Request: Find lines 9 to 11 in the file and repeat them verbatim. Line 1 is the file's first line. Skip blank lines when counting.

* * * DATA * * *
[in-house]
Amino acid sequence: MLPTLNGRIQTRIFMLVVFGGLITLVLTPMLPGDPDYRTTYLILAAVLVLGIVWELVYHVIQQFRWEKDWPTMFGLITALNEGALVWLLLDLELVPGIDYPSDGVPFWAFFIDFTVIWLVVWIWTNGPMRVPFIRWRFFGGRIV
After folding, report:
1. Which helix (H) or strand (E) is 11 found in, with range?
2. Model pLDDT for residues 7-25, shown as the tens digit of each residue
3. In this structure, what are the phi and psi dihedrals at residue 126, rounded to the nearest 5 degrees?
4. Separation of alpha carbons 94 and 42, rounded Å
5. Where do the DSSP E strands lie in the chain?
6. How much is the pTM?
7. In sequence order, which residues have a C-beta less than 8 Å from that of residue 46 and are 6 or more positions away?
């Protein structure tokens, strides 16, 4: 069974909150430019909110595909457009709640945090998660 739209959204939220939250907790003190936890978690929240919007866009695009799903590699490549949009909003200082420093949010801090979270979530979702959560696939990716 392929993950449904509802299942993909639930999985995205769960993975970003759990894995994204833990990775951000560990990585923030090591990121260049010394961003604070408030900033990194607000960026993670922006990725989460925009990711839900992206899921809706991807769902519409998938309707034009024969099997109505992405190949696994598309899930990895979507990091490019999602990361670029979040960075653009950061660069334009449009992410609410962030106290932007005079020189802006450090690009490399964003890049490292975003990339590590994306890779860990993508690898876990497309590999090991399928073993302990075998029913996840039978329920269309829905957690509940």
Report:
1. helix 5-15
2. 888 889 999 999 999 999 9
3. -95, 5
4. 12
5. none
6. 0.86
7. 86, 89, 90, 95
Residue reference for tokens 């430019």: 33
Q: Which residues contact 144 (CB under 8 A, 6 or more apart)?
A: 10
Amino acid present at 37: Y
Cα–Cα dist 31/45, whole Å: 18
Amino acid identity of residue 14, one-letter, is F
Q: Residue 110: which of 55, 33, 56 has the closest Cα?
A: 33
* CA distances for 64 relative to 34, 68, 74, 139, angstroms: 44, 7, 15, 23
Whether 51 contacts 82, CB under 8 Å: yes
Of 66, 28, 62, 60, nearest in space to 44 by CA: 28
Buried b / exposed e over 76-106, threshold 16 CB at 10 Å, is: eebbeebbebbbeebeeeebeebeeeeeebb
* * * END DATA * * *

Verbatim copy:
6. How much is the pTM?
7. In sequence order, which residues have a C-beta less than 8 Å from that of residue 46 and are 6 or more positions away?
């Protein structure tokens, strides 16, 4: 069974909150430019909110595909457009709640945090998660 739209959204939220939250907790003190936890978690929240919007866009695009799903590699490549949009909003200082420093949010801090979270979530979702959560696939990716 392929993950449904509802299942993909639930999985995205769960993975970003759990894995994204833990990775951000560990990585923030090591990121260049010394961003604070408030900033990194607000960026993670922006990725989460925009990711839900992206899921809706991807769902519409998938309707034009024969099997109505992405190949696994598309899930990895979507990091490019999602990361670029979040960075653009950061660069334009449009992410609410962030106290932007005079020189802006450090690009490399964003890049490292975003990339590590994306890779860990993508690898876990497309590999090991399928073993302990075998029913996840039978329920269309829905957690509940």